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NBA Draft 2016: Five second-round options for the Magic

These five players would fill some needs for the Magic in the second round.

Kim Klement-USA TODAY Sports

Holding two second round picks -- 41st and 47th overall -- the Orlando Magic are going to have a chance to find a diamond in the rough and add to their depth.

As I previously wrote, second rounders are valuable, despite not having the highest ranked players. They bring forth non-guaranteed deals, and open up the opportunity for teams to use their picks on draft-and-stash players.

With needs across the board, the two second rounders the Magic have could allow them to address one or more of the needs they aren't able to with the 11th pick.

Below are some options that the Magic could look at in the second round.

Stephen Zimmerman, PF/C, UNLV

A consensus top-10 player coming out of high school, Zimmerman had an up-and-down year at UNLV. He showed off his potential on the offensive end in the pick-and-roll and pick-and-pop game, but struggled in the same scenarios on the other end. Zimmerman showed some upside as a rim protector blocking nearly two shots a game, but has some limitations still. He lacks the explosiveness that many rim protectors have, which could hurt him with the physical nature in the NBA.

Overall, Zimmerman is a low-risk, high-upside pick in the second round. His ability to score with his back to the basket, as well as in the PnR and PnP make him valuable on the offensive end. He has work to do defensively, but could work as a solid backup center option.

Malcolm Brogdon, SG, Virginia

One of the best players in college basketball last season, Brogdon has been slipping down draft boards due to a hand injury. Brogdon sports a big, strong frame that allows him to guard multiple positions, which helped him earn ACC Player of the Year honors. The 6-foot-5 guard improved his shooting each year, knocking down a solid 43 percent of his catch-and-shoot opportunities in his final year with the Cavaliers.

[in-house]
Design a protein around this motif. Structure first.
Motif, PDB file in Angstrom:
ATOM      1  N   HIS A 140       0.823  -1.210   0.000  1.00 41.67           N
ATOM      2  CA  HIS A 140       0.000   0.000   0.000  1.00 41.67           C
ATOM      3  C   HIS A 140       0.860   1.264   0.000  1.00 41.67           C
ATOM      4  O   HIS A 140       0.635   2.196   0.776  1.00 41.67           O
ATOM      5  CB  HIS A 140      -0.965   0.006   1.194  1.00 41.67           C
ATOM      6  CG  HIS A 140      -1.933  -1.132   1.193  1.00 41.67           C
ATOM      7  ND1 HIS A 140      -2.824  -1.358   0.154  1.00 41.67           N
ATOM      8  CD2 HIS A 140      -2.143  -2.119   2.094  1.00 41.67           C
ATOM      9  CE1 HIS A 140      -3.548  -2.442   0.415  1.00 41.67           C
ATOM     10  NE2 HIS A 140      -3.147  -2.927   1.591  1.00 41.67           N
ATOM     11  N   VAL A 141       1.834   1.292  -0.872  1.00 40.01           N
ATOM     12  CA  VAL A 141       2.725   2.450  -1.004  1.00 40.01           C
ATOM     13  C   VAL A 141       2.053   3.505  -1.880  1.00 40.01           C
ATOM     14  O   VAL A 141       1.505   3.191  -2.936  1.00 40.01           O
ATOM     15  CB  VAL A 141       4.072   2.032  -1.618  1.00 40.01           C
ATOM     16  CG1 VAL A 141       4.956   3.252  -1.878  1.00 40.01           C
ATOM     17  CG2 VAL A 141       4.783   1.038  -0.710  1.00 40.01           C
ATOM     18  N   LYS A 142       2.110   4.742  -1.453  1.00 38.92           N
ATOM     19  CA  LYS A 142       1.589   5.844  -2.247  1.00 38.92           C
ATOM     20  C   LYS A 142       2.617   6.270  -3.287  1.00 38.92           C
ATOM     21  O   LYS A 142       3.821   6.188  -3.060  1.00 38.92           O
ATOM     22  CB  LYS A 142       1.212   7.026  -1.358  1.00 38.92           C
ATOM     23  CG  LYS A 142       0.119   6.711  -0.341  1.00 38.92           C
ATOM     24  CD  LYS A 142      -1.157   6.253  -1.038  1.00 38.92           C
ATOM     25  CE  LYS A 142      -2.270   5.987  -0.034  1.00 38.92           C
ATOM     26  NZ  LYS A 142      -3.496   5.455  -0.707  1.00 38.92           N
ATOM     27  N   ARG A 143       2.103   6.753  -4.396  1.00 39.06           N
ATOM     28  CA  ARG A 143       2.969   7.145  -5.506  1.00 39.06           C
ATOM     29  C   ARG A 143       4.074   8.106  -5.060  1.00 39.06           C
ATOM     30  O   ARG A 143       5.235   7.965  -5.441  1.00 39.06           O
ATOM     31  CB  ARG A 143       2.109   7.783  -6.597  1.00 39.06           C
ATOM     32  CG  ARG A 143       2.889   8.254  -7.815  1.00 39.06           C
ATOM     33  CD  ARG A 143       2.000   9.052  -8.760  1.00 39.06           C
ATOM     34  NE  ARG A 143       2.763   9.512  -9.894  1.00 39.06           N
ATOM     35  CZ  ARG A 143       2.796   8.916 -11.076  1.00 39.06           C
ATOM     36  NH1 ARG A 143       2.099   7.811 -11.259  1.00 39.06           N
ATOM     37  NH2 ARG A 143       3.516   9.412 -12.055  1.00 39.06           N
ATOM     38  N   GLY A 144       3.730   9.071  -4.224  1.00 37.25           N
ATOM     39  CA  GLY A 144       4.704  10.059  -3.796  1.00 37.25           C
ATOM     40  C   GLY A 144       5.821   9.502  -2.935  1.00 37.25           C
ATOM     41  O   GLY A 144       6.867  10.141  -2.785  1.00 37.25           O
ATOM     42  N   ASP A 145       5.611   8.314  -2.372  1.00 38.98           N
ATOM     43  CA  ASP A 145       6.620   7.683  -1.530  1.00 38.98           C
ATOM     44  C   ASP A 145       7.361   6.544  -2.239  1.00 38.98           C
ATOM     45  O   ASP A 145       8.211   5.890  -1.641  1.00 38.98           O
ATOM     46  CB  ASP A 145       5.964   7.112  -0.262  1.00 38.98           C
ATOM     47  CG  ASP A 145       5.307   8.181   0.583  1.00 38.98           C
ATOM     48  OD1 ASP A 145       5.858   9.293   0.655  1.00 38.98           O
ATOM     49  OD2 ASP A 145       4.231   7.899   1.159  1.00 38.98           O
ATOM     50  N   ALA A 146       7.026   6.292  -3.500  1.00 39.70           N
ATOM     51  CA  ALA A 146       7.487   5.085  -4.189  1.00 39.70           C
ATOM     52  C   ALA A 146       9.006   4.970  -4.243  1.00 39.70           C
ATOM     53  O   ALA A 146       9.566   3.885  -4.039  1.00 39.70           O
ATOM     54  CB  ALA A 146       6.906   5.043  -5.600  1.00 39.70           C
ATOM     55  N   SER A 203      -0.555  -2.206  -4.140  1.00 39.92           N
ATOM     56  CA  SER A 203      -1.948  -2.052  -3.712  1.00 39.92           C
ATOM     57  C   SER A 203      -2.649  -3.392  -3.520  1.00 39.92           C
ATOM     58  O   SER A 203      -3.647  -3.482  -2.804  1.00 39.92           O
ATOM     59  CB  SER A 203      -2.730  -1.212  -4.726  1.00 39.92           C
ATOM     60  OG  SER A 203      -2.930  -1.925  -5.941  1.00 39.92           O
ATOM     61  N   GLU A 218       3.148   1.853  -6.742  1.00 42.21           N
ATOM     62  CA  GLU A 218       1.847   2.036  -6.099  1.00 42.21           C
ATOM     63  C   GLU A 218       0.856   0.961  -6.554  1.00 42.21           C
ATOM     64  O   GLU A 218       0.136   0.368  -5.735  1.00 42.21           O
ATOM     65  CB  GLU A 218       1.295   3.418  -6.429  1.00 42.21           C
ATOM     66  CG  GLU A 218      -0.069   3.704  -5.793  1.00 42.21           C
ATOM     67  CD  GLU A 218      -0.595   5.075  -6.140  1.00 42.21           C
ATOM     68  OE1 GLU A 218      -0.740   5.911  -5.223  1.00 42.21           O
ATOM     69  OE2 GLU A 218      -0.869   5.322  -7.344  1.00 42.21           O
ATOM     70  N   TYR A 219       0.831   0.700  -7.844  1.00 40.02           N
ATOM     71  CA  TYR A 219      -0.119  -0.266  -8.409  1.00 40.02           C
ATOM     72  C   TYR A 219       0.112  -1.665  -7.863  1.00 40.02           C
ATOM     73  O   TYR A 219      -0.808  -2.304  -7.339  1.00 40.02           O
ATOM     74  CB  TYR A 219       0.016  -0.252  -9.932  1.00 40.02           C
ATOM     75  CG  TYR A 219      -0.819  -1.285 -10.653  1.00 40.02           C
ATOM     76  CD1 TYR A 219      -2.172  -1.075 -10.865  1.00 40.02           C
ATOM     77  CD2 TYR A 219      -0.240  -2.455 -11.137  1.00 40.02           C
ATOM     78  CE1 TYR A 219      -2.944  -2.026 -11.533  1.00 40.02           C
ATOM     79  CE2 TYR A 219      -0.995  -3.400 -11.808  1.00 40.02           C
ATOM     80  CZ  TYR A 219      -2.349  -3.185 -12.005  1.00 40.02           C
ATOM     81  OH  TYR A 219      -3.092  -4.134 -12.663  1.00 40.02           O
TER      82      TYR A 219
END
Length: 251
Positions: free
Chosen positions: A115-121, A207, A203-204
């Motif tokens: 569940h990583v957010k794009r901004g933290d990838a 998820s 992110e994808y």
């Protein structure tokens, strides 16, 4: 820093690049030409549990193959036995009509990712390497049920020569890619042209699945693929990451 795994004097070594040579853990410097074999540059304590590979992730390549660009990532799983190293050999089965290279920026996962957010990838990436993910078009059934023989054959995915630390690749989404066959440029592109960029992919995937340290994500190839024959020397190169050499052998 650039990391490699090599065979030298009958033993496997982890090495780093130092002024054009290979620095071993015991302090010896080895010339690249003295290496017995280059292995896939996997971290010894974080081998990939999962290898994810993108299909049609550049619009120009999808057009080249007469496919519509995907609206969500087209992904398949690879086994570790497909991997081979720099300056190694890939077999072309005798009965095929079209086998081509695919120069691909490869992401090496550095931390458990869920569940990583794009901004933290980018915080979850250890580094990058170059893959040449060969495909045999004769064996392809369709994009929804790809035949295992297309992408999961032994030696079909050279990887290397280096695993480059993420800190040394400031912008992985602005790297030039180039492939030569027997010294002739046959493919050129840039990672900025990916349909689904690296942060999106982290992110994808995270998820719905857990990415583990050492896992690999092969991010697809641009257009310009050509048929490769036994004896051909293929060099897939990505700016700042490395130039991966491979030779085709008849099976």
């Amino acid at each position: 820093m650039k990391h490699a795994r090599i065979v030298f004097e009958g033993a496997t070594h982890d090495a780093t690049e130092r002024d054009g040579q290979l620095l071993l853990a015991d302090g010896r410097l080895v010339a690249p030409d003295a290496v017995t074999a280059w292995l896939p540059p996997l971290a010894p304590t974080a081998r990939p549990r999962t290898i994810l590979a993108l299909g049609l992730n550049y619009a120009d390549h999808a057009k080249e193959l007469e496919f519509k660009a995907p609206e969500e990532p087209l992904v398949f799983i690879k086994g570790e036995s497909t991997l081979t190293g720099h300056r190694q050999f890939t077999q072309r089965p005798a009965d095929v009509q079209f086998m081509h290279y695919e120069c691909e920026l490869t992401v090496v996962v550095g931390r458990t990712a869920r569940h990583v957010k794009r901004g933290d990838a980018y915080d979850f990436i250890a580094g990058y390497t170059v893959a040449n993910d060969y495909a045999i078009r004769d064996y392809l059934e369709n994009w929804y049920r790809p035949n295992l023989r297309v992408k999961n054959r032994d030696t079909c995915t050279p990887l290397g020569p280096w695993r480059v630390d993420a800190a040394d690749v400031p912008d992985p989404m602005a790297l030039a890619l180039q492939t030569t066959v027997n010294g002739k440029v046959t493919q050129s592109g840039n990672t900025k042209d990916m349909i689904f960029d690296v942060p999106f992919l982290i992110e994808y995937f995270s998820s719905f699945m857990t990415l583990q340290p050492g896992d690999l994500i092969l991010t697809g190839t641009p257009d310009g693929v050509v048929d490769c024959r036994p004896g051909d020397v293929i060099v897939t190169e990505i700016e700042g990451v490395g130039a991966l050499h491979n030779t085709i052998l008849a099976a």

Brogdon likely ends up as not much more than a 3-and-D player in the league, but that's okay. He's not going to be asked to create his shot, something he struggled to do in college, which will definitely help him shorten his learning curve in the NBA.

Dorian Finney-Smith, F, Florida

Another five-year college player, Finney-Smith did it all for the Gators. As a focal point of the offense, the 6-foot-8 small forward showed off an improved shooting stroke over his final two years, knocking down 42 percent of his shots from three over his last two seasons with the Gators. He's a solid defender, and has prototypical size for a small forward at the next level.

Much like Brogdon, Finney-Smith isn't the strongest creator on the offensive end, but can do it in spurts. He likely projects as a 3-and-D type player as well, that brings some added versatility to lineups, with the ability to play power forward in smaller lineups thanks to his good size and strong rebounding ability.

Gary Payton II, PG, Oregon State

With Elfrid Payton's inconsistent play, and C.J. Watson's injury plagued year, the Magic's point guard play was a big issue last season. While Payton II wouldn't necessarily step in and start for the team, he would inevitably be able to make an impact as a reserve guard. Watson can play off the ball, which would open up more minutes for Payton, as pesky defender just like his father.

Payton II has great size, and is one of, if not the best rebounding guards in the draft. He has a nose for the ball, and can make plays in the open court, something the Magic will inevitably want with the likelihood of them pushing the pace this season. He has some issues with his jump shot, but with the likes of Mario Hezonja, and Watson also on the bench, his shooting issues wouldn't be felt nearly as much.

Ben Bentil, PF, Providence

One of the most improved scorers in the country, Bentil formed a one-two punch with Khris Dunn for Providence this season. Bentil can score in multiple ways, and could be a valuable, versatile piece in the PnR game. He doesn't have great physical tools, but has good overall length for a power forward.

Like many college players, he has some work to do on the defensive end. He's not a good rebounder either, which would be an issue, even with Orlando's guards strong rebounding abilities. He'd fill a need as an offensive power forward for the team, but would still leave some things to be desired.